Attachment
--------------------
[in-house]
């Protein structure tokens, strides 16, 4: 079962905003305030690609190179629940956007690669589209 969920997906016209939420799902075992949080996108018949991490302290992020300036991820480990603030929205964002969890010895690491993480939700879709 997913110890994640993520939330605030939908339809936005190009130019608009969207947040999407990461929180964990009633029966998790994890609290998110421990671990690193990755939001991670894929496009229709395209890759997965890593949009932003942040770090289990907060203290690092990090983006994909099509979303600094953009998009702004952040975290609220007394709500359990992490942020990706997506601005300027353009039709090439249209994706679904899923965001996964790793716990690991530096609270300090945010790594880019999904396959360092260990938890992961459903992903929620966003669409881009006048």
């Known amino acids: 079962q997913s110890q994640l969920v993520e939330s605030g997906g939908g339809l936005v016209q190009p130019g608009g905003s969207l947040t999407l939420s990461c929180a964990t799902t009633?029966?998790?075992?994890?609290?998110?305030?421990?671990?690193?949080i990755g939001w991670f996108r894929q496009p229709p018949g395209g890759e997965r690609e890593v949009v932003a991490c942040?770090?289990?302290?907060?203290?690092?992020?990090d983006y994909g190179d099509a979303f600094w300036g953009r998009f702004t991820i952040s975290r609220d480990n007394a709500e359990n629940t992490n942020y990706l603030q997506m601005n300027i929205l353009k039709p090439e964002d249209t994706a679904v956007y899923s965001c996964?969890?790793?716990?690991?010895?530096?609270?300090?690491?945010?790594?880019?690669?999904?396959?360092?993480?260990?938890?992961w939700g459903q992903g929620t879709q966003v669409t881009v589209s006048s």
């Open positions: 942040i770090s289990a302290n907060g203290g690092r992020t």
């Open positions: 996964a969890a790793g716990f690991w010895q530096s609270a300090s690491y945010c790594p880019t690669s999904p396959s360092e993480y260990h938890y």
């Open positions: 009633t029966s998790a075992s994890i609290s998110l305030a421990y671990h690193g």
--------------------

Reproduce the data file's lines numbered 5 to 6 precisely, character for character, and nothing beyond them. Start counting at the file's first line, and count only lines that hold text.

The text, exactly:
């Open positions: 996964a969890a790793g716990f690991w010895q530096s609270a300090s690491y945010c790594p880019t690669s999904p396959s360092e993480y260990h938890y």
């Open positions: 009633t029966s998790a075992s994890i609290s998110l305030a421990y671990h690193g």